(Shimadzu,

Japan).

The

hemolysis

percentage

of

MSNs-Dox/Ce6

or

RMSNs-Dox/Ce6 was calculated by the following equation: Hemolysis%= (Asample-A(-)contro)/(A(+)control-A(-)control). (A = the absorbance intensity of UV-Vis spectra)

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Figure S1. The particle size change of MSNs-Dox/Ce6 and RMSNs-Dox/Ce6 in 1640 medium containing 10% FBS. Data were presented as mean ± SD (n = 3).

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Figure S2. The RBC membrane protein retention and the reduced cellular uptake by macrophage cells of RMSNs. (A) RBC membranes protein retention of RMSNs. SDS-PAGE protein analysis (top) and western-blot analysis of CD47 protein (bottom) in a) emptied RBCs, b) RV, and c) RMSNs. (B) Representative fluorescence images of macrophage RAW264.7 cells treated with Nile red-loaded MSNs, LMSNs and RMSNs for 1 h. (nucleus: blue; Nile red: red) (B) Quantitative analysis of fluorescence intensity in RAW 264.7 cells. Data were presented as mean ± SD (n = 3), **

P < 0.01.

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Figure S3. UV-vis spectroscopic measurement.

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Figure S4. The increase of SOSG FL as a result of ROS generation of RMSNs-Dox/Ce6 under 655 nm laser irradiation at different laser powers.

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Figure S5. The laser-triggered Dox release of RMSNs-Dox/Ce6. The fluorescence images, and the corresponding fluorescence analysis of different Dox formulations, respectively. Data were presented as mean ± SD (n = 3).

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Figure S6. The influence of laser irradiation on the fluorescence signal of Ce6 in RMSNs-Dox/Ce6. The fluorescence images, and the corresponding fluorescence analysis of different Ce6 formulations, respectively. Data were presented as mean ± SD (n = 3).

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Figure S7. Representative fluorescence images of 4T1 cells treated with laser irradiated alone at a laser power of 2 W cm-2 for 5 min. Scale bar = 50 μm.

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Figure S8. In vitro cytotoxicity of blank MSNs, RMSNs, and RMSNs+Laser at different concentrations, respectively. Data were presented as mean ± SD (n = 6)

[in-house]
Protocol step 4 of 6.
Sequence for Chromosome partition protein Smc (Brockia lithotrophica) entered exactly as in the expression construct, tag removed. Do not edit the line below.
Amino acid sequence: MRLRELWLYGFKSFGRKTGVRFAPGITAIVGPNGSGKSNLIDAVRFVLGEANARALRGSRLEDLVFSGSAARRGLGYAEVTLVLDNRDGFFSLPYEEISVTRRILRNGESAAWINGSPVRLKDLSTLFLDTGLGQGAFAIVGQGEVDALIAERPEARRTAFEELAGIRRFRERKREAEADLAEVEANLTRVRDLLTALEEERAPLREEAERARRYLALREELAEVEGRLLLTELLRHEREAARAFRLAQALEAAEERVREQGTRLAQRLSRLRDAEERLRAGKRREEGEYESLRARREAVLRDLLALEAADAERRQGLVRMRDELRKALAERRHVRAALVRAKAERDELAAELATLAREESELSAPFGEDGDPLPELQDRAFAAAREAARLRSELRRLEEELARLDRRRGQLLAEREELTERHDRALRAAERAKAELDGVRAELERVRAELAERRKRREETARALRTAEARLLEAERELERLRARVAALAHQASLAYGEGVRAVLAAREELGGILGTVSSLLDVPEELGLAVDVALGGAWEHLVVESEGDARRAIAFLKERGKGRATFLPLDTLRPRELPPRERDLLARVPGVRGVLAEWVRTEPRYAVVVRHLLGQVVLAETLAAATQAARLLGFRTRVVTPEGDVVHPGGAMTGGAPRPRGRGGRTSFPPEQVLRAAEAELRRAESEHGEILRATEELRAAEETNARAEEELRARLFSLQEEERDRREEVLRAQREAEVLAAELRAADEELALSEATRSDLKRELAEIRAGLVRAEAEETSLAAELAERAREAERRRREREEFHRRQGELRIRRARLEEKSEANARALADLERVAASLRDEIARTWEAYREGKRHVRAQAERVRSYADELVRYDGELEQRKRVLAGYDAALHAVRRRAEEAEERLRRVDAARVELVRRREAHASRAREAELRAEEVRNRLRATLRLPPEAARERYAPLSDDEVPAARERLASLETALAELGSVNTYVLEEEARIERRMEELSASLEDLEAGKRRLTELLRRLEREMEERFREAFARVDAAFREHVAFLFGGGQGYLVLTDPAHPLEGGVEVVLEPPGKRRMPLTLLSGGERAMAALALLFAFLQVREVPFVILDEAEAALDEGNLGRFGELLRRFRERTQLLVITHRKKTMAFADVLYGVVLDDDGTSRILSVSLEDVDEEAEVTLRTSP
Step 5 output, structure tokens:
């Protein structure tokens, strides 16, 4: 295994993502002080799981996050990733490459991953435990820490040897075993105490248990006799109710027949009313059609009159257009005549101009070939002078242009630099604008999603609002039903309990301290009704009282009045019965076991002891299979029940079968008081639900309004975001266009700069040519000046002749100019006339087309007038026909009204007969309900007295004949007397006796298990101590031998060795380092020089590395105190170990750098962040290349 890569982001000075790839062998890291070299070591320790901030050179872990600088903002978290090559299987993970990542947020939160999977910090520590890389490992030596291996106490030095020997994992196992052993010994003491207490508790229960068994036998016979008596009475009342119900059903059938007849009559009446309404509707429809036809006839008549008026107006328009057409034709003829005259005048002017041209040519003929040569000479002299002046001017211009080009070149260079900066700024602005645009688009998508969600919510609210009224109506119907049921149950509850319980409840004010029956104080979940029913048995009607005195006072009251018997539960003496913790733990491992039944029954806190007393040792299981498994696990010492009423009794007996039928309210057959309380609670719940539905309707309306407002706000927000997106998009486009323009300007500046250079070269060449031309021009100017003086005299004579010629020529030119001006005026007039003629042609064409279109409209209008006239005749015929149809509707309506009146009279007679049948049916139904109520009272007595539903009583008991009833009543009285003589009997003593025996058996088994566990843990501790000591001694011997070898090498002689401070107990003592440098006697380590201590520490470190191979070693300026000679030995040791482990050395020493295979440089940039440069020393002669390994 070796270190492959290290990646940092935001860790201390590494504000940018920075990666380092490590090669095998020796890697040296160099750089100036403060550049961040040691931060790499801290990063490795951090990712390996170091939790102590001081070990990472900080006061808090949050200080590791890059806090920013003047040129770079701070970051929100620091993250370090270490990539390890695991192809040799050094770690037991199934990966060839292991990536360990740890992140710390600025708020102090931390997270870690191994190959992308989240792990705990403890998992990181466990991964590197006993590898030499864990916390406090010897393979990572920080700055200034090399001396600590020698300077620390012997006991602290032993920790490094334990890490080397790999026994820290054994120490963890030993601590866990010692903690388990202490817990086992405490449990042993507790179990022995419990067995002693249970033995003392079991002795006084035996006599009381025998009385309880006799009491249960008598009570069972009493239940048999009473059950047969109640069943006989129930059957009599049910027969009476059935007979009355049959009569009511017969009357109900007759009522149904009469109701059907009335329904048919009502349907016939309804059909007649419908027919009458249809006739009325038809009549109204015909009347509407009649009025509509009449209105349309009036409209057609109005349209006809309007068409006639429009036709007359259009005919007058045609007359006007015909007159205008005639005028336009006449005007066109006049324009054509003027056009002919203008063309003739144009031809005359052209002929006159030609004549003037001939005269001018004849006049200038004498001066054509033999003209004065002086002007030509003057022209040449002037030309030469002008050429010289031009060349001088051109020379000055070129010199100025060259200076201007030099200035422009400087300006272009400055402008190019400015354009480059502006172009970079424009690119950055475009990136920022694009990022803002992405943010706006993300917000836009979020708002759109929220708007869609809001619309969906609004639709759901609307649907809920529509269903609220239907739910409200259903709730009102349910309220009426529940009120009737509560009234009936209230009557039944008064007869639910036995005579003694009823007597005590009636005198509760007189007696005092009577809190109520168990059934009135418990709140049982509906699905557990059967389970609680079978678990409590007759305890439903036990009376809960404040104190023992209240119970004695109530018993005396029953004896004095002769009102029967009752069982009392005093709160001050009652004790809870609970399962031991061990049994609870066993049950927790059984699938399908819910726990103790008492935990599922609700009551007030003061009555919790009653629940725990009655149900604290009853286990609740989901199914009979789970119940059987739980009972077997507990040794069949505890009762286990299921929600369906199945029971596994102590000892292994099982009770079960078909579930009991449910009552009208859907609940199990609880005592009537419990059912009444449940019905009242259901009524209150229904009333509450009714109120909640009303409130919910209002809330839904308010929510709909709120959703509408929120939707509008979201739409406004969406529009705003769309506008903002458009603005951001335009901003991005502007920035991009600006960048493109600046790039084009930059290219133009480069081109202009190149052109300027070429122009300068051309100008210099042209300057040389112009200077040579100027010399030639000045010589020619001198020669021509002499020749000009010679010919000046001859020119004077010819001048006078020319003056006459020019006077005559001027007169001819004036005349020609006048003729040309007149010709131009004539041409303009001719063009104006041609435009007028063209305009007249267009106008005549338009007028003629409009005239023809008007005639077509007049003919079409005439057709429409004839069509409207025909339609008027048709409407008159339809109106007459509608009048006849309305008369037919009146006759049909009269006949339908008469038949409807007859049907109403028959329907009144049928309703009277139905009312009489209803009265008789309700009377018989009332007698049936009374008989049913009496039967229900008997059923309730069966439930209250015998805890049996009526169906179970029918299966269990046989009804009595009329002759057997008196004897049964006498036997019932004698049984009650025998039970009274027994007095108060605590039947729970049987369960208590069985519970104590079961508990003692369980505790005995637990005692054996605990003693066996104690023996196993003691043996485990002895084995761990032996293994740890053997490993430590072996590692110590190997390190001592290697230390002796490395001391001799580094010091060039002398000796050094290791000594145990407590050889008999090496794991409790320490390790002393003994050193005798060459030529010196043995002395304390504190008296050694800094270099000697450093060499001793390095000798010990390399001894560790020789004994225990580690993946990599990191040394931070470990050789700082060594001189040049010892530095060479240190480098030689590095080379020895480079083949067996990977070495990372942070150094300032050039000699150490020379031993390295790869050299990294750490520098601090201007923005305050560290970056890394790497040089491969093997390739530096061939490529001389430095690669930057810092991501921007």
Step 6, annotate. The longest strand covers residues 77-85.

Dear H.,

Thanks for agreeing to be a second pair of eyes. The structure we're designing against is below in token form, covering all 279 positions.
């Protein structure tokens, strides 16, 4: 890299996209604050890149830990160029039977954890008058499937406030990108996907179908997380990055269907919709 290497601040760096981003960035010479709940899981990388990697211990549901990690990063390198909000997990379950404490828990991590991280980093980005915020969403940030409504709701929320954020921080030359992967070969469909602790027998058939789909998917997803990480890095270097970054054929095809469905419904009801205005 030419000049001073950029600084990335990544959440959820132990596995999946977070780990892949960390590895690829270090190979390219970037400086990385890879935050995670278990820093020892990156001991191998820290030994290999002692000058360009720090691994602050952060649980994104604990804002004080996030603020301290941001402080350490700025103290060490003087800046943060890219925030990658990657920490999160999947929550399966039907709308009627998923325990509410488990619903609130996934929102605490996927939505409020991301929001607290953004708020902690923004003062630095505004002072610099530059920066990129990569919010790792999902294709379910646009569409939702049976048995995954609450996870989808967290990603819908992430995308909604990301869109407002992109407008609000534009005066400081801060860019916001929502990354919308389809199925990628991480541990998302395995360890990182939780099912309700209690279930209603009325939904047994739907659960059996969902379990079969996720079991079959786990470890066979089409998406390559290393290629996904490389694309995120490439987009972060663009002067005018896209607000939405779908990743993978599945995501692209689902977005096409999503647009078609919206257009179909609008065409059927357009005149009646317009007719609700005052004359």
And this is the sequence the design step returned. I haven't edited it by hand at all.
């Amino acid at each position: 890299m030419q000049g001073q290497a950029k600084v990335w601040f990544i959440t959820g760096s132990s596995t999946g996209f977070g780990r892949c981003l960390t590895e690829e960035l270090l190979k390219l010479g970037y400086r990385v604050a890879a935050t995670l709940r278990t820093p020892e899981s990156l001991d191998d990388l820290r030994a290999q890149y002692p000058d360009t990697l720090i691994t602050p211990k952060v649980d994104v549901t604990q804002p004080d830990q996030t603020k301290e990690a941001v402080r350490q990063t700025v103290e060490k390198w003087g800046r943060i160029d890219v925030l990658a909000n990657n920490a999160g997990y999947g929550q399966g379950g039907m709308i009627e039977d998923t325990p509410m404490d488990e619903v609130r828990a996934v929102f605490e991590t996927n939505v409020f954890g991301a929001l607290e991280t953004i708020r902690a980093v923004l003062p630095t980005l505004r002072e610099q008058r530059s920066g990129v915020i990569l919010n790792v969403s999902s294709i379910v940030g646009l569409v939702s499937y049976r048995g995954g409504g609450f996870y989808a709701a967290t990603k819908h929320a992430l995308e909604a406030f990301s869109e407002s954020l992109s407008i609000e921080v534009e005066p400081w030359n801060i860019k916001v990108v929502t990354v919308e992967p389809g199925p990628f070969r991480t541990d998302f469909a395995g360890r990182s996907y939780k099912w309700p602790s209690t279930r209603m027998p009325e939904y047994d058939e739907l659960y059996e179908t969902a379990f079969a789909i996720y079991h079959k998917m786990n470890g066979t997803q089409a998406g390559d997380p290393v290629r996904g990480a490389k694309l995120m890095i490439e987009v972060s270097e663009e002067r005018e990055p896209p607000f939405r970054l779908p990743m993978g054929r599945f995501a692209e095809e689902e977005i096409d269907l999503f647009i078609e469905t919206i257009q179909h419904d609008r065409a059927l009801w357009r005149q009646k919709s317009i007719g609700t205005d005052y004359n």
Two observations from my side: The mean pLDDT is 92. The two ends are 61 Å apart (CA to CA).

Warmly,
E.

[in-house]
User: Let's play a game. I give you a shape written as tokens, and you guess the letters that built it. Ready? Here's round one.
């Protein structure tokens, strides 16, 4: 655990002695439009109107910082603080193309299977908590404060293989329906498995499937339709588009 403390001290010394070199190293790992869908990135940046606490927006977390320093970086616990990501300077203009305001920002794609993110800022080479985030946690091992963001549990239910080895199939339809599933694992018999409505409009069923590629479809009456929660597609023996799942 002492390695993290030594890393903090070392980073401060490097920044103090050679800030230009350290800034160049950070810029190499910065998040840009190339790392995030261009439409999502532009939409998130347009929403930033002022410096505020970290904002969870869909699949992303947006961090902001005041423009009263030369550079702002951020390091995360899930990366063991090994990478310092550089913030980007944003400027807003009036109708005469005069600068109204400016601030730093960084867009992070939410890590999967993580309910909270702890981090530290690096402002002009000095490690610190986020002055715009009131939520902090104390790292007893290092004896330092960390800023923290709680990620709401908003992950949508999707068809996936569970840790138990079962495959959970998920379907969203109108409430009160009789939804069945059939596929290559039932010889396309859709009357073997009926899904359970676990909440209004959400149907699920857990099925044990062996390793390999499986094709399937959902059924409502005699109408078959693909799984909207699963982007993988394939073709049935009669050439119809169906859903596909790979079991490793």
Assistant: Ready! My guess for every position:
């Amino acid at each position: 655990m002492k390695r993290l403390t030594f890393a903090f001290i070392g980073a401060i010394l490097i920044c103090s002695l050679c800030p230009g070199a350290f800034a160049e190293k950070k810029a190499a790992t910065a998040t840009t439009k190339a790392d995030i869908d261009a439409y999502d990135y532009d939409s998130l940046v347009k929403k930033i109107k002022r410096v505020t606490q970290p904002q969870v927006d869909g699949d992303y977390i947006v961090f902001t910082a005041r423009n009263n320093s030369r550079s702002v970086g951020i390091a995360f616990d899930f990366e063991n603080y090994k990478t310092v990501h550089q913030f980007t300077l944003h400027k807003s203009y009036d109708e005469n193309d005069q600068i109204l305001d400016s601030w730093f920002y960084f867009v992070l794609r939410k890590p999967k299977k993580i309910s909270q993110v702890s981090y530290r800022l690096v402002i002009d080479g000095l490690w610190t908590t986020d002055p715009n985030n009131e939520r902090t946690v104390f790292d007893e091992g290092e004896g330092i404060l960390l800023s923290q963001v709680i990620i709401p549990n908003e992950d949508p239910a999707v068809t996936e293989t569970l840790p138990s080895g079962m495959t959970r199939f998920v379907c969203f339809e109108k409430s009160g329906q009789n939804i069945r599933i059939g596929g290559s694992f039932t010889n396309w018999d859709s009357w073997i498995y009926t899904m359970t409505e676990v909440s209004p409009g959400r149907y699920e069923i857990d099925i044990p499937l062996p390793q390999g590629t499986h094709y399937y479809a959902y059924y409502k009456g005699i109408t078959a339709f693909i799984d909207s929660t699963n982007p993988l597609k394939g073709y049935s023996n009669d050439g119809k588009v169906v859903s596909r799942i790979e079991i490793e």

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Figure S9. The hemolysis assays of MSNs-based formulations. (A). Digital photos illustrating the hemolysis effects of RBCs after 2 h incubation with RMSNs-Dox.Ce6 and MSNs-Dox/Ce6 at different concentrations. PBS and water were set as negative (-) and positive (+) controls, respectively. (B). The analysis of the hemolytic result. Data were presented as mean ± SD (n = 3).

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Figure S10. The representative digital photos (A) and the corresponding analysis (B) of the tumors excised from the tumor-bearing mice after 22 d treatment with (a) saline; (b) RMSNs+Laser; (c) Dox; (d) Dox/Ce6+Laser; (e) MSNs-Dox/Ce6+Laser; (f) RMSNs-Ce6+Laser; (g) RMSNs-Dox; (h) RMSNs-Dox/Ce6+Laser, respectively. Data were presented as mean ± SD (n = 6), *P < 0.05, **P < 0.01.

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Table S1. Pharmacokinetic parameters of Dox after intravenous administration of Dox, MSNs-Dox/Ce6 and RMSNs-Dox/Ce6 to rats at the dose of 5 mg Dox/kg. Parameter

Dox

MSNs-Dox/Ce6

RMSNs-Dox/Ce6

Cmax [mg/L]

2.20  0.39

5.10  0.89

13.48  2.35

T1/2 [h]

0.27  0.04

1.92  0.56

18.17  1.98

MRT(0-) [h]

0.26  0.16

2.43  1.14

25.55  2.68

AUC(0-) [mg·h/L]

1.47  0.76

10.29  2.43

211.73 15.14

CL [L/[h/kg]]

3.41  1.08

0.49  0.08

0.02  0.01